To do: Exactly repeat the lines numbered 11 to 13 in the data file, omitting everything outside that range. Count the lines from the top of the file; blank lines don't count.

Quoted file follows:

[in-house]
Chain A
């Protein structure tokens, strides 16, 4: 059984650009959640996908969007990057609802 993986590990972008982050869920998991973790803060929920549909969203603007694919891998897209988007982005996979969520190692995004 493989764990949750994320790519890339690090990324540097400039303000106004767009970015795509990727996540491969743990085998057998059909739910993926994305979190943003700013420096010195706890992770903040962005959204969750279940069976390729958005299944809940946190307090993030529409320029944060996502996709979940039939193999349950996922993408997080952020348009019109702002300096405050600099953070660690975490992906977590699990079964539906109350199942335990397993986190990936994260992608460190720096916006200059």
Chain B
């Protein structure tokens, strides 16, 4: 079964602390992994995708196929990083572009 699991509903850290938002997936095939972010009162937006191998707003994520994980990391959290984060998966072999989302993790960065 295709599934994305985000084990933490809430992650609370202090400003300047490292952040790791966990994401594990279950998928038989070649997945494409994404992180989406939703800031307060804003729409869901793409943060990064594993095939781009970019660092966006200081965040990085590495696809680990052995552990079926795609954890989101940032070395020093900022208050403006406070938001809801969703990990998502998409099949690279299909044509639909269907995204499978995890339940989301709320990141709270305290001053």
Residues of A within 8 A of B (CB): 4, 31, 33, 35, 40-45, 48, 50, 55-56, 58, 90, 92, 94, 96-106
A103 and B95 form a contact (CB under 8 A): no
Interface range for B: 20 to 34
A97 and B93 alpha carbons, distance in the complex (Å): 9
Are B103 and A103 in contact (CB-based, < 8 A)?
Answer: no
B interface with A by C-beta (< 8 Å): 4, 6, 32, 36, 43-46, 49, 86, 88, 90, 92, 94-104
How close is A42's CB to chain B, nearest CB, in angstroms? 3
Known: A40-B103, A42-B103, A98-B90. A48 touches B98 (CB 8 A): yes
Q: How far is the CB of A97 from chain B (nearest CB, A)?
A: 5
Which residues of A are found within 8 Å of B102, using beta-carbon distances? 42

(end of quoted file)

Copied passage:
Answer: no
B interface with A by C-beta (< 8 Å): 4, 6, 32, 36, 43-46, 49, 86, 88, 90, 92, 94-104
How close is A42's CB to chain B, nearest CB, in angstroms? 3